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The History of Computing

199 EpisodesProduced by Charles EdgeWebsite

Computers touch all most every aspect of our lives today. We take the way they work for granted and the unsung heroes who built the technology, protocols, philosophies, and circuit boards, patched them all together - and sometimes willed amazingness out of nothing. Not in this podcast. Welcome to th… read more

10:35

Radio Shack: Over 100 Years Of Trends In Technology

Today we’re going to talk about a company that doesn’t get a ton of credit for bringing computing to homes across the world but should: Radio Shack.

Radio Shack was founded by Theodore and Milton Deutschmann in 1921 in downtown Boston. The brothers were all about ham radio. A radio shack was a small structure on a ship that kept the radio equipment at the time. The name was derived from that slightly more generic term, given that one group of customers were radio officers outfitting ships.  

 

By 1939 they would print a catalog and ship equipment over mail as well. 

 

They again expanded operations in 1954 and would make their own equipment and sell it as well. But after too much expansion they ran into financial troubles and had to sell the company. When Charles Tandy bought the company for $300,000 in 1962, they had nine large retail stores.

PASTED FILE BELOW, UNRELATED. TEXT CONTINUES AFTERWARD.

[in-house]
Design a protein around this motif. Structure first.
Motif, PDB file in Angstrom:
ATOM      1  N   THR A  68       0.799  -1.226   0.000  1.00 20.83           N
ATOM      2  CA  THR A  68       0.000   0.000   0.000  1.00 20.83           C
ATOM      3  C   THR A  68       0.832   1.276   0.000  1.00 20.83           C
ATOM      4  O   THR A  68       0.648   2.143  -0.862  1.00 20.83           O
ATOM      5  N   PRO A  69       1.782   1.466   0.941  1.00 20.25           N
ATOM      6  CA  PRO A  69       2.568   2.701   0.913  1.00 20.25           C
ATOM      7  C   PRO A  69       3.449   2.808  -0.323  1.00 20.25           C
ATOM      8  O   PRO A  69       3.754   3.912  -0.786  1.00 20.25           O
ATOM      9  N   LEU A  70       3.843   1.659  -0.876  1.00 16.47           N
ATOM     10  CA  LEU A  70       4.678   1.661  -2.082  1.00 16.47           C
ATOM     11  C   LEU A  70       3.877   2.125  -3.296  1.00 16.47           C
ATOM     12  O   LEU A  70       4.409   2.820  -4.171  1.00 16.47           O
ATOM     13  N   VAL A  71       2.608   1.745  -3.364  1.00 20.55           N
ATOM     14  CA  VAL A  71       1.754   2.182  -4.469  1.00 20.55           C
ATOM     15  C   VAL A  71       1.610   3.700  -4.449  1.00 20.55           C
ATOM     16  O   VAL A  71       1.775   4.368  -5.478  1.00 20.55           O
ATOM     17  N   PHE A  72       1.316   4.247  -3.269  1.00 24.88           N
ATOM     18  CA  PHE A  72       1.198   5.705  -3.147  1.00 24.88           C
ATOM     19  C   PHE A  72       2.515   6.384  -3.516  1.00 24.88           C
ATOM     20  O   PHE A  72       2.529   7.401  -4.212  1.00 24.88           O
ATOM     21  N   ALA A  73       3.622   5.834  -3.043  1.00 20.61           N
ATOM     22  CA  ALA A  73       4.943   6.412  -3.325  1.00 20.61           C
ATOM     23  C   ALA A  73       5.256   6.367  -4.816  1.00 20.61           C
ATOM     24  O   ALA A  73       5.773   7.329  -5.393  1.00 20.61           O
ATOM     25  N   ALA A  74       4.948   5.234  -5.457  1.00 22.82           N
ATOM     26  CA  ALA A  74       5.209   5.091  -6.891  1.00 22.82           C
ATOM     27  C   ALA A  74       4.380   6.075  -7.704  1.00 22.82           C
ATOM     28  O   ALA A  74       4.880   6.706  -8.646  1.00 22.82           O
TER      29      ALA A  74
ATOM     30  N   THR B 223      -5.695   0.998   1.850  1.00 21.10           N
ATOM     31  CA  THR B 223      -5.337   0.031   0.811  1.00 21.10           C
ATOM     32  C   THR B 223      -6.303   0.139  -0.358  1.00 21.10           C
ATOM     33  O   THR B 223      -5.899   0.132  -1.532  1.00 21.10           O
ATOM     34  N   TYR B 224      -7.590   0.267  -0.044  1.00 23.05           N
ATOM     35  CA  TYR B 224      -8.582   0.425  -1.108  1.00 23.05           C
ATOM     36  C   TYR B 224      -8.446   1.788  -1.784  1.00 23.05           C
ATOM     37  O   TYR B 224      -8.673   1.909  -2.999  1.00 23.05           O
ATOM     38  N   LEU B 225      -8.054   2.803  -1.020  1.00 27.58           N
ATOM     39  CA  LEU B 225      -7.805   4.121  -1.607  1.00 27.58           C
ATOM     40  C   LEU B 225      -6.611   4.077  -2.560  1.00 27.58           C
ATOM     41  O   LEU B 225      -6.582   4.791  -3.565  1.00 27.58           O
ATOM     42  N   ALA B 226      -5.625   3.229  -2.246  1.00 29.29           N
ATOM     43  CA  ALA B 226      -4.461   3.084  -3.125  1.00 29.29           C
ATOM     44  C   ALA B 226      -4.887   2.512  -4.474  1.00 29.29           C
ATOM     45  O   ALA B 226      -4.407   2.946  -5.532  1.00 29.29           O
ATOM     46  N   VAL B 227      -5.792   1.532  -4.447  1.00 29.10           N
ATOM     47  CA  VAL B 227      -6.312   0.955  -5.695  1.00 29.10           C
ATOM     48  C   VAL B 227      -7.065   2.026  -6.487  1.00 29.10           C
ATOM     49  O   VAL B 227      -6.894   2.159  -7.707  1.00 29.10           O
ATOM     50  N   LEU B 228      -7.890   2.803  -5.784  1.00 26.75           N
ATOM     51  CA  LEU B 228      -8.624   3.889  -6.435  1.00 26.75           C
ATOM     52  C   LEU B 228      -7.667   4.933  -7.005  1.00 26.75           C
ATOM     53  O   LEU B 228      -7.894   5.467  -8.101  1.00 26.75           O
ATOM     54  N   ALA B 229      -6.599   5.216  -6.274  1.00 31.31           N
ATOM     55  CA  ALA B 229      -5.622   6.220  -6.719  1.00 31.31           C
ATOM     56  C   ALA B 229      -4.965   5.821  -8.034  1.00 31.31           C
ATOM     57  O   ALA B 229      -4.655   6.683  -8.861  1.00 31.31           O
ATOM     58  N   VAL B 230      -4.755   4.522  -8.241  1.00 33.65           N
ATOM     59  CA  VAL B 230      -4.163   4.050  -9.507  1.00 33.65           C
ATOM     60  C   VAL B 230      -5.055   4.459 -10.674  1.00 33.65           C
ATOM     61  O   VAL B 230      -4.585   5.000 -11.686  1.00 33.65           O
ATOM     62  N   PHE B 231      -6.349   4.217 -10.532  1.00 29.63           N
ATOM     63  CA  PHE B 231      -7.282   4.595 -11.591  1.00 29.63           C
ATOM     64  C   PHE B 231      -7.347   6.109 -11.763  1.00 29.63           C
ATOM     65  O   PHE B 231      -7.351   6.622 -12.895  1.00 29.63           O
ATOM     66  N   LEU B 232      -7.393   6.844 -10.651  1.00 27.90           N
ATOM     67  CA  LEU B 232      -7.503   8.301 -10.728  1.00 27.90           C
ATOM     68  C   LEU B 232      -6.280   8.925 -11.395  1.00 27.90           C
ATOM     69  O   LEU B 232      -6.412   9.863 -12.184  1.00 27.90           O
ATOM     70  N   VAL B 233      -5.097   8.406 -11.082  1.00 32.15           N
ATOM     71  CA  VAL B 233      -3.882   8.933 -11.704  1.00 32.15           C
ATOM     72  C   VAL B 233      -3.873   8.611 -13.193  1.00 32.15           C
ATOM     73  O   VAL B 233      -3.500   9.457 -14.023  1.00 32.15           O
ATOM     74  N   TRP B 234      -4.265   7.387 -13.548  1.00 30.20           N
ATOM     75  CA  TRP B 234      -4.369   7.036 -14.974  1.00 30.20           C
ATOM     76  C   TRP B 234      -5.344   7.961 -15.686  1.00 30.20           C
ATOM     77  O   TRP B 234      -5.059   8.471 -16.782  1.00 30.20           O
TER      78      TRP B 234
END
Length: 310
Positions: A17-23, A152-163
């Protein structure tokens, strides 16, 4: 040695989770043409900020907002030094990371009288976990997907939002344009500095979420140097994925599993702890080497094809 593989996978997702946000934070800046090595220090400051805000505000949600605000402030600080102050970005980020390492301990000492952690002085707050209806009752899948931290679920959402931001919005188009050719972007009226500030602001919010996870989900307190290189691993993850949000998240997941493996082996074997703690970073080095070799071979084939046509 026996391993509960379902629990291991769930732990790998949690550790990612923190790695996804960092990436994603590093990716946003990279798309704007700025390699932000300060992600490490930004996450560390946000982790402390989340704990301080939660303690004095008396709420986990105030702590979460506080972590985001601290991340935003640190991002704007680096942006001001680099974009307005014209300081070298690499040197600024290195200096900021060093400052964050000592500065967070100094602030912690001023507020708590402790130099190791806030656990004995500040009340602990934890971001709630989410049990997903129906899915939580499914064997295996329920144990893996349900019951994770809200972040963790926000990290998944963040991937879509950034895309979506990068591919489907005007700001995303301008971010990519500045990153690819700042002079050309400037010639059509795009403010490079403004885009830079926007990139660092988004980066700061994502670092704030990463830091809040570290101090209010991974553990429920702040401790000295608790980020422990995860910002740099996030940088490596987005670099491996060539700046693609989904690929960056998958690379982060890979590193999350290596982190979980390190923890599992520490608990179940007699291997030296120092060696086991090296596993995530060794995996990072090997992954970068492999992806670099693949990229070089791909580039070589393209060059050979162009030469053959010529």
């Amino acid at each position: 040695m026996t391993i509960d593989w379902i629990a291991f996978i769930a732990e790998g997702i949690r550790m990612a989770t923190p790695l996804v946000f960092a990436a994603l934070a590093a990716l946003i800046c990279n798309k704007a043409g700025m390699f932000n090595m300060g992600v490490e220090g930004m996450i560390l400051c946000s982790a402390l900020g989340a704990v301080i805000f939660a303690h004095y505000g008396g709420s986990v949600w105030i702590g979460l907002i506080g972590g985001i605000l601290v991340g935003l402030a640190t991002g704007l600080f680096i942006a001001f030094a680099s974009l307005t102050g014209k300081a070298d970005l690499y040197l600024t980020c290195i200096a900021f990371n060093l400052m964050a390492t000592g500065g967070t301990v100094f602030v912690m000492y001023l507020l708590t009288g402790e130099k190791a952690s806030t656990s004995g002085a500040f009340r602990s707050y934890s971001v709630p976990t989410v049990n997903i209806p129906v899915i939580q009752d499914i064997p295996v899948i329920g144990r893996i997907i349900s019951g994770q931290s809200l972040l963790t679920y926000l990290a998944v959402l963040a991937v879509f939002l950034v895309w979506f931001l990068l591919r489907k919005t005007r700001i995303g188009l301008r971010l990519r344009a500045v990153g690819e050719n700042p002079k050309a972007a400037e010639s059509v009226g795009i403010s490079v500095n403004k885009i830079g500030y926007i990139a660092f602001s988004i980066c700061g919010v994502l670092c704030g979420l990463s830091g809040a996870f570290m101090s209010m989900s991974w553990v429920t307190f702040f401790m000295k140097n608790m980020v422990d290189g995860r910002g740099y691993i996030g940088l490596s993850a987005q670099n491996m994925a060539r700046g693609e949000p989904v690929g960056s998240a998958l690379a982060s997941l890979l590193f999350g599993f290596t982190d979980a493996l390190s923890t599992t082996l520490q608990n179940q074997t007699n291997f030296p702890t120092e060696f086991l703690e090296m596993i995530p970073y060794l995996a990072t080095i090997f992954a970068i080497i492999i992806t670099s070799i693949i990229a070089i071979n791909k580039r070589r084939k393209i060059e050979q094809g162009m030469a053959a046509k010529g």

Tandy had done well selling leather goods and knew how to appeal to hobbyists. He slashed management and cut the amount of stock from 40,000 items to 2,500. The 80/20 rule is a great way to control costs. Given the smaller amount of stock, they were able to move to smaller stores. 

 

They also started to buy generic equipment and sell it under the Realistic brand, and started selling various types of consumer electronics. They used the locations that people bought electronics over the mail to plan new, small store openings. They gave ownership to store managers. And it worked. The growth was meteoric for the next 16 years. They had some great growth hacks. They did free tube testing. They gave a battery away for free to everyone that came in. They hired electronics enthusiasts. And people loved them. 

 

They bought Allied Radio in 1970.and continued to grow their manufacturing abilities. 

 

Tandy would pass away in 1978, leaving behind a legacy of a healthy company, primed for even more growth. Electronics continued to be more pervasive in the lives of Americans and the company continued its rapid growth, looking for opportunities to bring crazy new electronics products into people’s homes. One was the TRS-80. Radio Shack had introduced the computer in 1977 using an operating system from Microsoft.